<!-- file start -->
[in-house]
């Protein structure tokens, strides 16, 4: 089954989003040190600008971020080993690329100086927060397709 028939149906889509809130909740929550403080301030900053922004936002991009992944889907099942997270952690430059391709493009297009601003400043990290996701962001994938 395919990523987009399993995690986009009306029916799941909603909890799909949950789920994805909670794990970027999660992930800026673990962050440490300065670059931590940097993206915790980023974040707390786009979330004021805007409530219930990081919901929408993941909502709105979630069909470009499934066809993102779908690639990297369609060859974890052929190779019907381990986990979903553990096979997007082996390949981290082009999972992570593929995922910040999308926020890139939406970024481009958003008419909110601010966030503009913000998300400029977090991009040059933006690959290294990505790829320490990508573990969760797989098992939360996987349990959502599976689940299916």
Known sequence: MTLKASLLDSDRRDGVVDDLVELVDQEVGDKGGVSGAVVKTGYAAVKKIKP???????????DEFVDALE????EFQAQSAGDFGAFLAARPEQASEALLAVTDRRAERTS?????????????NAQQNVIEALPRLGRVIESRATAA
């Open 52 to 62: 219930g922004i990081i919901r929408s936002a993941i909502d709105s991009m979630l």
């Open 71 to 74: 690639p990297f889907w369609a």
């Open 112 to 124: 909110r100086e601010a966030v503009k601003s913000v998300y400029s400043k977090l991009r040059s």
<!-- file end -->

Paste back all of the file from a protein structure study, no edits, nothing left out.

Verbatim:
[in-house]
């Protein structure tokens, strides 16, 4: 089954989003040190600008971020080993690329100086927060397709 028939149906889509809130909740929550403080301030900053922004936002991009992944889907099942997270952690430059391709493009297009601003400043990290996701962001994938 395919990523987009399993995690986009009306029916799941909603909890799909949950789920994805909670794990970027999660992930800026673990962050440490300065670059931590940097993206915790980023974040707390786009979330004021805007409530219930990081919901929408993941909502709105979630069909470009499934066809993102779908690639990297369609060859974890052929190779019907381990986990979903553990096979997007082996390949981290082009999972992570593929995922910040999308926020890139939406970024481009958003008419909110601010966030503009913000998300400029977090991009040059933006690959290294990505790829320490990508573990969760797989098992939360996987349990959502599976689940299916």
Known sequence: MTLKASLLDSDRRDGVVDDLVELVDQEVGDKGGVSGAVVKTGYAAVKKIKP???????????DEFVDALE????EFQAQSAGDFGAFLAARPEQASEALLAVTDRRAERTS?????????????NAQQNVIEALPRLGRVIESRATAA
């Open 52 to 62: 219930g922004i990081i919901r929408s936002a993941i909502d709105s991009m979630l």
């Open 71 to 74: 690639p990297f889907w369609a």
């Open 112 to 124: 909110r100086e601010a966030v503009k601003s913000v998300y400029s400043k977090l991009r040059s």